It feels good to finally have the tree decorated. I went all white, with touches of silver, which just works in my living room with the wall color and the quality of light. Admittedly, I was having a moment with gold, but I decided I could get my fill of it when wrapping gifts for other people. Sometimes you just have to go with what works in your home instead of what's trendy.
I made almost every single ornament on my tree, which feels like an accomplishment. Not that I have anything against store bought, but I feel like I've made tons of ornaments for clients over the years and then all I have to show on my tree are dozens of ornaments I've purchased. It was time to remedy that. And in fact, it was so much fun that I'll have to make it a holiday tradition. Maybe not dozens, but a few to add to my collection each year.
Here are some of the ornaments I used, all of them inexpensive and easy to make.
1) The tutorial for the glittered paper stars can be found here. 2) I had lots of clear glass ornaments sitting around from last year, so I filled them with fake snow and and tiny Alder cones from Earth Beauties on Etsy (they look good with sprigs of greenery as well, though you'll want to remove it at the end of the season). 3) I reinterpreted the mistletoe sprigs from my wreath design in white velvet with beads from a necklace I found in my local thrift store. To make an ornament, follow the directions to make individual sprigs and fasten two of them together with white floral tape instead of the green I used for the wreath. Fold the taped wire to the back of the sprigs to form a loop, then trim excess wire and glue it in place with Fabri-Tac. When it's dry, thread a piece of silver string through the loop and knot the ends. 4.) The small star and reindeer silhouette were made from DAS air-dry clay, rolled to about 1/4-inch thickness and cut out with cookie cutters. 5.) I was asked to rework my felt pinecone designs for Mollie Makes 34. While I was at it, I finally made a few wintry versions for myself. 6.) The antler ornament started off as an inexpensive ornament from Walmart. I gave it my own twist. See below for easy instructions. 7) Pom-poms couldn't be easier to make and they remind me of snowballs. I chose a white iridescent yarn which is subtle but picks up the light nicely. 8) The glittered acorns came from a winter nature display that I did a couple of years ago. I painted the acorn bodies white, coated them with a thin coat of Mod Podge, and sprinkled with a fine textured white glitter. When they were dry, I glued them to acorn caps. To turn them into ornaments I simply tied silver string around their stems.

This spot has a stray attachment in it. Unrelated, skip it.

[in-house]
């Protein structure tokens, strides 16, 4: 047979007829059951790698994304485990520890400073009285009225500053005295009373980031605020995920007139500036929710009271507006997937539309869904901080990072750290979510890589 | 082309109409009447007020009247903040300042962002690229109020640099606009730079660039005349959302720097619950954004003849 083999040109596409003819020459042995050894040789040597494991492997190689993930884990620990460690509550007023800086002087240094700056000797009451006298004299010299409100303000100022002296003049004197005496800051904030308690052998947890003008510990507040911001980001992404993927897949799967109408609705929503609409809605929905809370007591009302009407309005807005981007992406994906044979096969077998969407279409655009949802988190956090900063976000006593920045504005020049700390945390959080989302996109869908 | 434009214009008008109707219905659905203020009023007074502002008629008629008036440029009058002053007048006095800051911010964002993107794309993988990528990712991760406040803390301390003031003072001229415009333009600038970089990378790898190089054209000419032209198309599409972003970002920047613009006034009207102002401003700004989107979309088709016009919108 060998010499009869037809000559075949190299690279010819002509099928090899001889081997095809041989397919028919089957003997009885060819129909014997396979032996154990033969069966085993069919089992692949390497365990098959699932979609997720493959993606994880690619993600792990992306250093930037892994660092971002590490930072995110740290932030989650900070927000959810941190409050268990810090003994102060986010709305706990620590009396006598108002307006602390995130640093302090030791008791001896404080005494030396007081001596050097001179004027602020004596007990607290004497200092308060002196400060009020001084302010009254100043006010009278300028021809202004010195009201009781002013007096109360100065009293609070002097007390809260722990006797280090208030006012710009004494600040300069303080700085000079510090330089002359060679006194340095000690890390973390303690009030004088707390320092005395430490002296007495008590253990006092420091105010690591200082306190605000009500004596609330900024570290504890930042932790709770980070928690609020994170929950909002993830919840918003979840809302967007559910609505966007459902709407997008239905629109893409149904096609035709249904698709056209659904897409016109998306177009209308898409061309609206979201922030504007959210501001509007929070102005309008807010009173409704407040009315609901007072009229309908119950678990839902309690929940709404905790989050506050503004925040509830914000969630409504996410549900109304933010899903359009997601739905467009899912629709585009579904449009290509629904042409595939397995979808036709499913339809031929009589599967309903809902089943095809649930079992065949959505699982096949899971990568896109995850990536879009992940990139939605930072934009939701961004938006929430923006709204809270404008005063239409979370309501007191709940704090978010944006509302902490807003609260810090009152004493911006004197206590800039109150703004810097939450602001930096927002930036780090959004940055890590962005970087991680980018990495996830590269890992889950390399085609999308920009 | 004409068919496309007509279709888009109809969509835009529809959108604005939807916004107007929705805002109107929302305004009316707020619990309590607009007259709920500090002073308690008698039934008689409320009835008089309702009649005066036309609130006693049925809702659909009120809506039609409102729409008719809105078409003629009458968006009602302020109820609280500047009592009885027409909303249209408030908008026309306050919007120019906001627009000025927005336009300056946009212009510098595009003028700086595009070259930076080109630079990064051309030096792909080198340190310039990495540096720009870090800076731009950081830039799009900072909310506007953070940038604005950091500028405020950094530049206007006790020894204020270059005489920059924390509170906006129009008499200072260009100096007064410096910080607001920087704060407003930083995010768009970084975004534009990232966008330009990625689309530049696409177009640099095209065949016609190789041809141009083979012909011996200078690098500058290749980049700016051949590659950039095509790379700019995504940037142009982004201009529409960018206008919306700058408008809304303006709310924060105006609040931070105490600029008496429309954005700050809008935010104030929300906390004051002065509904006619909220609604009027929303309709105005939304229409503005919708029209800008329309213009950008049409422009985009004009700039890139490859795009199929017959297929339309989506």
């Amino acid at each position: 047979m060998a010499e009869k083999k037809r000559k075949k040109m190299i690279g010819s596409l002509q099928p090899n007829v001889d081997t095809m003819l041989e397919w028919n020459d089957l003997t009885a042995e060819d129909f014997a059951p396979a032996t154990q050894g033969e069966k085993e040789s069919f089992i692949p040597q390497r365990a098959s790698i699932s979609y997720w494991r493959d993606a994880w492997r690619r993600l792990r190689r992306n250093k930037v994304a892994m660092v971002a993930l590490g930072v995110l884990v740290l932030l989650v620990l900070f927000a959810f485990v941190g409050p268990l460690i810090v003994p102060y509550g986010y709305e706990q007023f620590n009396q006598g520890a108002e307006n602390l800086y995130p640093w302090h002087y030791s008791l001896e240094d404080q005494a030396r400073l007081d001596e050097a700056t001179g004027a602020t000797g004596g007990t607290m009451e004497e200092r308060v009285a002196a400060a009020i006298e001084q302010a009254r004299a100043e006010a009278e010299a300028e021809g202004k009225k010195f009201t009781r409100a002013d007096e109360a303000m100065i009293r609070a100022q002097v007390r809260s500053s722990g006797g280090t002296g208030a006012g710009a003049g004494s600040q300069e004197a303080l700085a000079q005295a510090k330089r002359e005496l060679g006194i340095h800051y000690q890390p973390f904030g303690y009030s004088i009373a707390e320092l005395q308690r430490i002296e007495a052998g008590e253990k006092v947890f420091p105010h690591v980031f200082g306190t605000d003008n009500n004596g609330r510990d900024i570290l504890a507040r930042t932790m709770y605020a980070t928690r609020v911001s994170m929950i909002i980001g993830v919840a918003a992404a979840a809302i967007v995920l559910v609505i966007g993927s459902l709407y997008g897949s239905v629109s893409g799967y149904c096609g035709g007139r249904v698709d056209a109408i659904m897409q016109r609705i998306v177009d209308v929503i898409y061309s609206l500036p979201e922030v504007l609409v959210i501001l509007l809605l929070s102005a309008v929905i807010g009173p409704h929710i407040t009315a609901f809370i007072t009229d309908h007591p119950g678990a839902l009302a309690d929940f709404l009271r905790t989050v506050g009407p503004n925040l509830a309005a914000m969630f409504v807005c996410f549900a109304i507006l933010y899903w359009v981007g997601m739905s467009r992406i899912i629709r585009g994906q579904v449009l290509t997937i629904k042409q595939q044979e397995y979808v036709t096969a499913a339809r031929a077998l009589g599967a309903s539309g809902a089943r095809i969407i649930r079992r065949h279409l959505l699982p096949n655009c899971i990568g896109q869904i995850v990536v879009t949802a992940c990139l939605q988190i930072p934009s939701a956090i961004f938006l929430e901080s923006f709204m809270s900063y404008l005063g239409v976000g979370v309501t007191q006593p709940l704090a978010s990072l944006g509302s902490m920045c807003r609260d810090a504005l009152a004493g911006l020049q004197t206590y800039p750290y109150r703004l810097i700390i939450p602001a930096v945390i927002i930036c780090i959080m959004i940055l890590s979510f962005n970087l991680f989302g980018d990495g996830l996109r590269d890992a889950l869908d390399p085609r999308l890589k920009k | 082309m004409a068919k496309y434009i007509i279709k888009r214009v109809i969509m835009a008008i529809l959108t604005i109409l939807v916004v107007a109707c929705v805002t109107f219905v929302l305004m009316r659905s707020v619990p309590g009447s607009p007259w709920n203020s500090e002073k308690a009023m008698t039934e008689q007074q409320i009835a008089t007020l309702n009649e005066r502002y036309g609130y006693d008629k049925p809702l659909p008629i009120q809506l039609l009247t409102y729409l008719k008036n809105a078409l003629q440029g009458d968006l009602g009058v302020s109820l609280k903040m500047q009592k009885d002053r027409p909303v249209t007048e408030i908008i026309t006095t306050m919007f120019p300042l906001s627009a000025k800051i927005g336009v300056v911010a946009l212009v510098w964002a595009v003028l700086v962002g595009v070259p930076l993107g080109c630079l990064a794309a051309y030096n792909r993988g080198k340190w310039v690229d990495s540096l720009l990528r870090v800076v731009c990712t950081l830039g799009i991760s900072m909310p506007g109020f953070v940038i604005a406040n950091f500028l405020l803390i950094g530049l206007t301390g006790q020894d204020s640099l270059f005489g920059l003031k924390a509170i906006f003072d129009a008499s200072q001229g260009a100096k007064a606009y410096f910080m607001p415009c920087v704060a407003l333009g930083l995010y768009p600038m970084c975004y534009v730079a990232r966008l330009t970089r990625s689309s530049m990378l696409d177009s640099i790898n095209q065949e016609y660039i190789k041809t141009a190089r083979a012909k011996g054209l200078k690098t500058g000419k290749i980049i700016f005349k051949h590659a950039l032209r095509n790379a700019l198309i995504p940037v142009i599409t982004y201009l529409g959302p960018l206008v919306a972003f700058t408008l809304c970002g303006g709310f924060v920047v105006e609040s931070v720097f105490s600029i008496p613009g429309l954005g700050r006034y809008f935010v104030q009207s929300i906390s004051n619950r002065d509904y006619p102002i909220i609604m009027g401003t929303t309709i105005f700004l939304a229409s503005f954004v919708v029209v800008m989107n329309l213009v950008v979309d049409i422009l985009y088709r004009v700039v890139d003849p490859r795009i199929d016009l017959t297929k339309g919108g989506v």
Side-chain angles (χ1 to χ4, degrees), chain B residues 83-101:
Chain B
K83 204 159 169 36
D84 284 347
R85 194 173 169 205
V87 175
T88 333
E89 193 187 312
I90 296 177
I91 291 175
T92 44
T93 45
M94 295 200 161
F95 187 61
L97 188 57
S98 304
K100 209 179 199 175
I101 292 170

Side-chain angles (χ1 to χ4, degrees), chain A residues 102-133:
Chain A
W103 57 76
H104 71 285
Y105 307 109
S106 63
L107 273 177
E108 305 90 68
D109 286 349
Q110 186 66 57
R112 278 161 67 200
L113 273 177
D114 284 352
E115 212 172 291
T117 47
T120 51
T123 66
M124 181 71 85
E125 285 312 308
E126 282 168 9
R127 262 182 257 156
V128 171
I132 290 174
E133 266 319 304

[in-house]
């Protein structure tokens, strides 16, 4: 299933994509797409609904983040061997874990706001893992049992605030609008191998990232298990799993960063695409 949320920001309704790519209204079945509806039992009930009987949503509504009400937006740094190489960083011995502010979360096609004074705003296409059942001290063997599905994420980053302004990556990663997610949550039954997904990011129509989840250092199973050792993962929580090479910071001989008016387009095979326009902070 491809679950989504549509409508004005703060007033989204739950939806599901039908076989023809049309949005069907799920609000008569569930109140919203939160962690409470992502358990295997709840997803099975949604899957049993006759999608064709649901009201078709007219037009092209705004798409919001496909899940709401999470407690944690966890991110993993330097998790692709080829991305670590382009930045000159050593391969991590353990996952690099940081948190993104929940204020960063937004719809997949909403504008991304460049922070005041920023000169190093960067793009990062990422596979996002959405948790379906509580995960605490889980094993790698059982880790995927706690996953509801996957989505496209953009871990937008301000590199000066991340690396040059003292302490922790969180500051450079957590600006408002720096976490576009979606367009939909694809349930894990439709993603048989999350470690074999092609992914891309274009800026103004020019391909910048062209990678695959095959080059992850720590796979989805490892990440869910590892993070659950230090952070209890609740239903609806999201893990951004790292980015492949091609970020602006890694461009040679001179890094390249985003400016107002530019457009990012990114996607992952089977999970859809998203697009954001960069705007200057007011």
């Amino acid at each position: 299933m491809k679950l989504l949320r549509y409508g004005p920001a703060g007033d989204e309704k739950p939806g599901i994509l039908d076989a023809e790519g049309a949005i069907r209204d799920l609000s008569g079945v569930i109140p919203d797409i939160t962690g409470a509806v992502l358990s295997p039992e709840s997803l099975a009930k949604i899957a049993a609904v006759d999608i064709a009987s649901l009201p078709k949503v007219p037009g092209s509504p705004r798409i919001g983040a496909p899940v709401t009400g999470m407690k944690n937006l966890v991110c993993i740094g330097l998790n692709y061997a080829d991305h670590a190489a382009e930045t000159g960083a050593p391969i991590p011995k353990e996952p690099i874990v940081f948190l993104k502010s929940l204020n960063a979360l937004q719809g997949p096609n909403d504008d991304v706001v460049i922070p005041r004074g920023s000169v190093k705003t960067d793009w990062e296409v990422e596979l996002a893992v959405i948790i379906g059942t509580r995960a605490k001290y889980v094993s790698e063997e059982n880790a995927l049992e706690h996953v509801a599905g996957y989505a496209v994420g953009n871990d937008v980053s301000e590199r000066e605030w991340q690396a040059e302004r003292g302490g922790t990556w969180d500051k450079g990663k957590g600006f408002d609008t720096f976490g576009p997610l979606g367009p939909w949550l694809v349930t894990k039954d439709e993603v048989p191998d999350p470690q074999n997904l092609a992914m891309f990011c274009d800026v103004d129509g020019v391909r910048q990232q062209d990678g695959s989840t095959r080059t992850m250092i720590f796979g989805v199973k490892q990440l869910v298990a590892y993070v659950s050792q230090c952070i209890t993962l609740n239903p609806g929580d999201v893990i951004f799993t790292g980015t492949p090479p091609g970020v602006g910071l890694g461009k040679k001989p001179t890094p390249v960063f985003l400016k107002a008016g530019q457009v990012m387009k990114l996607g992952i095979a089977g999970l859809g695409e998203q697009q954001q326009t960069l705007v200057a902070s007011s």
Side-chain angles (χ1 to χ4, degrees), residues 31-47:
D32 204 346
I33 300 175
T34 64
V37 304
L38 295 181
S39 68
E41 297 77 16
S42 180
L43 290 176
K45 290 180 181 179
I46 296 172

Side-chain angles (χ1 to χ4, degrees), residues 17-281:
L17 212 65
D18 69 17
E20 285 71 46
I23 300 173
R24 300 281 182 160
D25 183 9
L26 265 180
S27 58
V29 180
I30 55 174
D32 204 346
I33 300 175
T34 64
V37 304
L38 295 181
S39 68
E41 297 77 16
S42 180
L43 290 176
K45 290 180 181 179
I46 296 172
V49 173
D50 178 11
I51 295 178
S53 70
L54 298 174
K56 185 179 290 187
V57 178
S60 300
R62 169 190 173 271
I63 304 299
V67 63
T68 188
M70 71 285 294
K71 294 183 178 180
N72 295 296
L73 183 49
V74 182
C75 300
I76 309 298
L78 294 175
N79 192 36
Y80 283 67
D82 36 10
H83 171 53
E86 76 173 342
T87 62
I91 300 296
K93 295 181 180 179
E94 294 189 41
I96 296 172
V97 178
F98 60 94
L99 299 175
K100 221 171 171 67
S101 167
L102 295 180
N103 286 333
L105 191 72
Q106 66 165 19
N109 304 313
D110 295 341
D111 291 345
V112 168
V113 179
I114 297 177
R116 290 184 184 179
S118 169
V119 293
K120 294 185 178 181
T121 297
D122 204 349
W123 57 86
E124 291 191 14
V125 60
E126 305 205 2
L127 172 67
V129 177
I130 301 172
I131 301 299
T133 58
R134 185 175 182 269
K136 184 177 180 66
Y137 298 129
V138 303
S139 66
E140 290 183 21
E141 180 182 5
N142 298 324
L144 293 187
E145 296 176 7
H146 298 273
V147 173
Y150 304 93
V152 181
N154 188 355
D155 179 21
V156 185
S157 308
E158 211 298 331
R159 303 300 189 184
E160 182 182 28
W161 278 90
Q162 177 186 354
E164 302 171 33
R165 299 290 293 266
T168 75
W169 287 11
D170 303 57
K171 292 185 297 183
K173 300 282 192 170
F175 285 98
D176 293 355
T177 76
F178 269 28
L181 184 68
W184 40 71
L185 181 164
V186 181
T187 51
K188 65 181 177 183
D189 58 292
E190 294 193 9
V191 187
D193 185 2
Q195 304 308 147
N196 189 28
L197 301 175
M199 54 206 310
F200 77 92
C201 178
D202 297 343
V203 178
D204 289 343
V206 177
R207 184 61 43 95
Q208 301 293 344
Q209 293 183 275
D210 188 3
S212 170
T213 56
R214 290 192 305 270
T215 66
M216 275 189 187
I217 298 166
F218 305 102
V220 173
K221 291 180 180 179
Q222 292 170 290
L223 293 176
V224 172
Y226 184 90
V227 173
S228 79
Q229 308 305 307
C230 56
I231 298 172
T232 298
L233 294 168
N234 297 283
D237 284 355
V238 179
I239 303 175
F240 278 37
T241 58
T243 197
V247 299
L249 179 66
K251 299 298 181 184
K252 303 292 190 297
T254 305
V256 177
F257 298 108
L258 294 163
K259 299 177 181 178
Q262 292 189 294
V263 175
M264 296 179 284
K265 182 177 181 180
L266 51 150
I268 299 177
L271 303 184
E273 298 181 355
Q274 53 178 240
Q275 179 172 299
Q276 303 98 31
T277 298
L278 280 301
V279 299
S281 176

Revamped Antler Ornament:
I love to scout the aisles of discount stores during the holidays. I always pick up all kinds of inexpensive ornaments whose forms I may like, but whose execution doesn't quite fit my taste. That was the case with these antler ornaments from Walmart. They felt too dark and muddy to me, but I bought a bunch, deconstructed them, and gave them a quick whitewash with Annie Sloan Chalk Paint.
1. I cut the twine, which I later replaced with silver string, and used pliers to pull the wired jingle bells from each antler.
2. I dipped a damp paintbrush (1/4-inch flat bristle brush) into white paint and offloaded the excess onto a folded paper towel. With the paint that remained on my brush, I quickly applied a light coat to the entire ornament, leaving some of the underlying color exposed.
3. When they were dry, I strung them individually with silver thread instead of hanging them as a pair.